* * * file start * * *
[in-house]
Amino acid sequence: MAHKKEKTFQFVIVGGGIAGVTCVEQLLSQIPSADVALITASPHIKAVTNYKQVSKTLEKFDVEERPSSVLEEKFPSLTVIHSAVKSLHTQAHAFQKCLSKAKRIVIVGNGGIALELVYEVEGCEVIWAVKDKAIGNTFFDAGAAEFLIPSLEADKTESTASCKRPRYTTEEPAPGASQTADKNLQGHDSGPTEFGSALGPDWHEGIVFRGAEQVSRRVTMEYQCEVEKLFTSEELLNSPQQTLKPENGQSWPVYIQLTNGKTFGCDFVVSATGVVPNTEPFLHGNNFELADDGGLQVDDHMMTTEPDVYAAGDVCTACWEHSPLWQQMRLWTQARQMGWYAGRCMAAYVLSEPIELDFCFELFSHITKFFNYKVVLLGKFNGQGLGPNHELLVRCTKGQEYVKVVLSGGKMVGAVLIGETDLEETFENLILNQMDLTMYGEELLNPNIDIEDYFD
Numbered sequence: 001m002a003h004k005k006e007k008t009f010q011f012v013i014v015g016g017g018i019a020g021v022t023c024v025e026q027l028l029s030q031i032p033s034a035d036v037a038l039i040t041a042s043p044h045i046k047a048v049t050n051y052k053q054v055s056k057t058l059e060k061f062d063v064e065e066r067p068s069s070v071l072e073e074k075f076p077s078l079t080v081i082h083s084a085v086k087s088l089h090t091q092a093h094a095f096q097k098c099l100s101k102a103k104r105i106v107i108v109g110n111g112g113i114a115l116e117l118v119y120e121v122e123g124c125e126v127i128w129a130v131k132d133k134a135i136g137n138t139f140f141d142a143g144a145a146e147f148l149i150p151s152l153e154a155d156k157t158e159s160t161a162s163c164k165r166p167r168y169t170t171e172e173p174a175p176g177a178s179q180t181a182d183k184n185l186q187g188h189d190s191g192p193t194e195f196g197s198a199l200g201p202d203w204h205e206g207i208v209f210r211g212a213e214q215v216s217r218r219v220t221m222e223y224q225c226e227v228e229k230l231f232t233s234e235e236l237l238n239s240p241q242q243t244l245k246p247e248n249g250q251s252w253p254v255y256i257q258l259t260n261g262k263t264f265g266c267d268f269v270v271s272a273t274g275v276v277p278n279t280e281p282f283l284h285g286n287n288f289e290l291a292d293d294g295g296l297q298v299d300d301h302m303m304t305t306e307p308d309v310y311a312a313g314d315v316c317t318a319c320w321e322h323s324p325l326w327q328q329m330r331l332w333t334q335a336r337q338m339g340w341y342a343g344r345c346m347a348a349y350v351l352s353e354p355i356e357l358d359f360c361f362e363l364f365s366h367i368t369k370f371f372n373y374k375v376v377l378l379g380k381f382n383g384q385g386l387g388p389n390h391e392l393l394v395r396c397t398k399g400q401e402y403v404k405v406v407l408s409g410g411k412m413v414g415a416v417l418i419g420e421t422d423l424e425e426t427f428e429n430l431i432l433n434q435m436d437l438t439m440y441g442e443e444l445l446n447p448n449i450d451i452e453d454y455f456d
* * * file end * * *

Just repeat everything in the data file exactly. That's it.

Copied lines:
[in-house]
Amino acid sequence: MAHKKEKTFQFVIVGGGIAGVTCVEQLLSQIPSADVALITASPHIKAVTNYKQVSKTLEKFDVEERPSSVLEEKFPSLTVIHSAVKSLHTQAHAFQKCLSKAKRIVIVGNGGIALELVYEVEGCEVIWAVKDKAIGNTFFDAGAAEFLIPSLEADKTESTASCKRPRYTTEEPAPGASQTADKNLQGHDSGPTEFGSALGPDWHEGIVFRGAEQVSRRVTMEYQCEVEKLFTSEELLNSPQQTLKPENGQSWPVYIQLTNGKTFGCDFVVSATGVVPNTEPFLHGNNFELADDGGLQVDDHMMTTEPDVYAAGDVCTACWEHSPLWQQMRLWTQARQMGWYAGRCMAAYVLSEPIELDFCFELFSHITKFFNYKVVLLGKFNGQGLGPNHELLVRCTKGQEYVKVVLSGGKMVGAVLIGETDLEETFENLILNQMDLTMYGEELLNPNIDIEDYFD
Numbered sequence: 001m002a003h004k005k006e007k008t009f010q011f012v013i014v015g016g017g018i019a020g021v022t023c024v025e026q027l028l029s030q031i032p033s034a035d036v037a038l039i040t041a042s043p044h045i046k047a048v049t050n051y052k053q054v055s056k057t058l059e060k061f062d063v064e065e066r067p068s069s070v071l072e073e074k075f076p077s078l079t080v081i082h083s084a085v086k087s088l089h090t091q092a093h094a095f096q097k098c099l100s101k102a103k104r105i106v107i108v109g110n111g112g113i114a115l116e117l118v119y120e121v122e123g124c125e126v127i128w129a130v131k132d133k134a135i136g137n138t139f140f141d142a143g144a145a146e147f148l149i150p151s152l153e154a155d156k157t158e159s160t161a162s163c164k165r166p167r168y169t170t171e172e173p174a175p176g177a178s179q180t181a182d183k184n185l186q187g188h189d190s191g192p193t194e195f196g197s198a199l200g201p202d203w204h205e206g207i208v209f210r211g212a213e214q215v216s217r218r219v220t221m222e223y224q225c226e227v228e229k230l231f232t233s234e235e236l237l238n239s240p241q242q243t244l245k246p247e248n249g250q251s252w253p254v255y256i257q258l259t260n261g262k263t264f265g266c267d268f269v270v271s272a273t274g275v276v277p278n279t280e281p282f283l284h285g286n287n288f289e290l291a292d293d294g295g296l297q298v299d300d301h302m303m304t305t306e307p308d309v310y311a312a313g314d315v316c317t318a319c320w321e322h323s324p325l326w327q328q329m330r331l332w333t334q335a336r337q338m339g340w341y342a343g344r345c346m347a348a349y350v351l352s353e354p355i356e357l358d359f360c361f362e363l364f365s366h367i368t369k370f371f372n373y374k375v376v377l378l379g380k381f382n383g384q385g386l387g388p389n390h391e392l393l394v395r396c397t398k399g400q401e402y403v404k405v406v407l408s409g410g411k412m413v414g415a416v417l418i419g420e421t422d423l424e425e426t427f428e429n430l431i432l433n434q435m436d437l438t439m440y441g442e443e444l445l446n447p448n449i450d451i452e453d454y455f456d